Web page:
That described the current relationship between two SAARC members who were once the same country. Today, leave aside a common goal, they don’t even share a border!

An equally telling example of churning with SAARC relates to two nations that do share borders—India and Nepal.

India’s Prime Minister Mr. Narendra Modi had the Nepalese lawmakers, and the people of Nepal, eat out of his hands during his rockstar-like visit in August 2014 to the Himalayan nation, and his address to Parliament.

We have not come here to interfere with your internal matters, but we want to help you develop,” Modi said to his hosts.

His popularity hit the stratosphere when he said that India was open to accepting a revised version of the Treaty of Peace and Friendship signed by the two countries in 1950: “Kathmandu had only to bring forth the amendments and New Delhi would sign on the dotted line since it implicitly trusted Nepal“.

At that time, Nepal was busy framing a new Constitution, which was to take into consideration  the concerns of all communities of the nation.

The coming together of all parties for Modi’s speech and the surplus warmth towards the visiting leader suggested an era of good times for the two nations.

The bond of warmth got a shot in the arm after India reacted faster than all to provide expertise and relief material within a matter of hours after a massive earthquake hit Nepal in April-May 2015.

At that time the only sour note seemed to be local Nepalese’s anger towards a section of the Indian media for being patronizing and meddlesome during the rescue operations.

Problems started taking a serious nature after the adoption of a new Constitution by the parliament, followed by a 16-point agreement between the Government and the opposition, which spelled out the roadmap for the new Constitution.

There was an instant and violent rejection of the new Constitution by the various Madhesi (an ethnic group living in the Nepalese south) parties and Janjatis (essentially tribals) because of, what they called, non-representation of their aspirations.

At the same time, India felt that the outcome was contrary to Mr. Modi’s advice for a consensus-driven rather than a numbers-determined approach towards finalisation of the Constitution.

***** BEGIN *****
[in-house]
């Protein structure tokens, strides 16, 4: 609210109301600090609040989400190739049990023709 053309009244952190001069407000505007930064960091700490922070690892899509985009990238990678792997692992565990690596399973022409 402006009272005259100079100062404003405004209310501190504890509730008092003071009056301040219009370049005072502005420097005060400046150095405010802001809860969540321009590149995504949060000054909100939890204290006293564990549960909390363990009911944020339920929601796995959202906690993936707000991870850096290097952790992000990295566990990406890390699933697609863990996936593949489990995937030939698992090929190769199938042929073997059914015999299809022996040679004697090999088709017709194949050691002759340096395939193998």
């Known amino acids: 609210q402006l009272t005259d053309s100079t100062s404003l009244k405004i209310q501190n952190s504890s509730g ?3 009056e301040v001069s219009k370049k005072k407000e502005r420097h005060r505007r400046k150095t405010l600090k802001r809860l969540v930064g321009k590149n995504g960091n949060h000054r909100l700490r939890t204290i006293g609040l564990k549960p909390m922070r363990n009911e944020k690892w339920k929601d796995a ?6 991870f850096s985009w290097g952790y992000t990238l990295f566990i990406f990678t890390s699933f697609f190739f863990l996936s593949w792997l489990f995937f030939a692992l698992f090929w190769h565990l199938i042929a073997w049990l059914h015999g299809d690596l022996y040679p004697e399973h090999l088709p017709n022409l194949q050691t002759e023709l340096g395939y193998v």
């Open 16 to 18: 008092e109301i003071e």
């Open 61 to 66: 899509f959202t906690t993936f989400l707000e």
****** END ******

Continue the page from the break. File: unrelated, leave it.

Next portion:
Nepal, on the other hand, viewed India’s reaction to the promulgation of its new Constitution, and a hurried visit by India’s foreign secretary, as a brazen attempt by India to meddle in Nepal’s internal matters.

The new Constitution was formally adopted in September 2015.

The Madheshi groups responded by blockading the border points between India and Nepal. Kathmandu saw it as Indian handiwork and accused its southern neighbour of deliberately worsening the embargo by not allowing vehicles to pass through even those check-points where no protests were held—a charge that was quickly, and predictably, denied by the Indian government.

A four-month border blockade by the Madhesis ended only after amendments to the constitution that sought to address their concerns about ‘rightful’ representation in Nepalese political framework were made.

India welcomed the amendments. It remains to be seen what kind of welcome Modi gets on his next Nepal visit, whenever that happens.

Is there any greater ‘interference in internal affairs’, whether real or perceived, than interference in matters related to judiciary or constitution of one nation by another—as highlighted by the squabbling SAARC members in the two examples?

In an atmosphere of such mistrust and misgivings, it is barely surprising that 95% of  trade of SAARC nations is with non-SAARC nations. The corresponding figure, for example, for the Southeast Asian nations within the Association of Southeast Asian Nations (ASEAN) region is about 25%.

Note: This piece was written prior to a deadly terror attack on an Indian military facility on September 18, which killed 17 Indian army personnel. All the four killed terrorists belonged to the Pakistan-based Jaish-e-Mohammad terror group.

To be continued…



Anshuman Rawat

Author of Conflicts, Geopolitics and Asia Volume 1: 2010-12 – A Short Diary of Notes from the Region, Anshuman Rawat is a geopolitical/international relations journalist, communications specialist and serial media entrepreneur from India. Founder-Director of a media company, he spends much of his professional calendar as an editorial, management and communications consultant. He is also the founder of 'League of India', a news action tank that is committed to the idea of shaping a progressive India by fostering centre-right liberal governance, a free economy and an open society.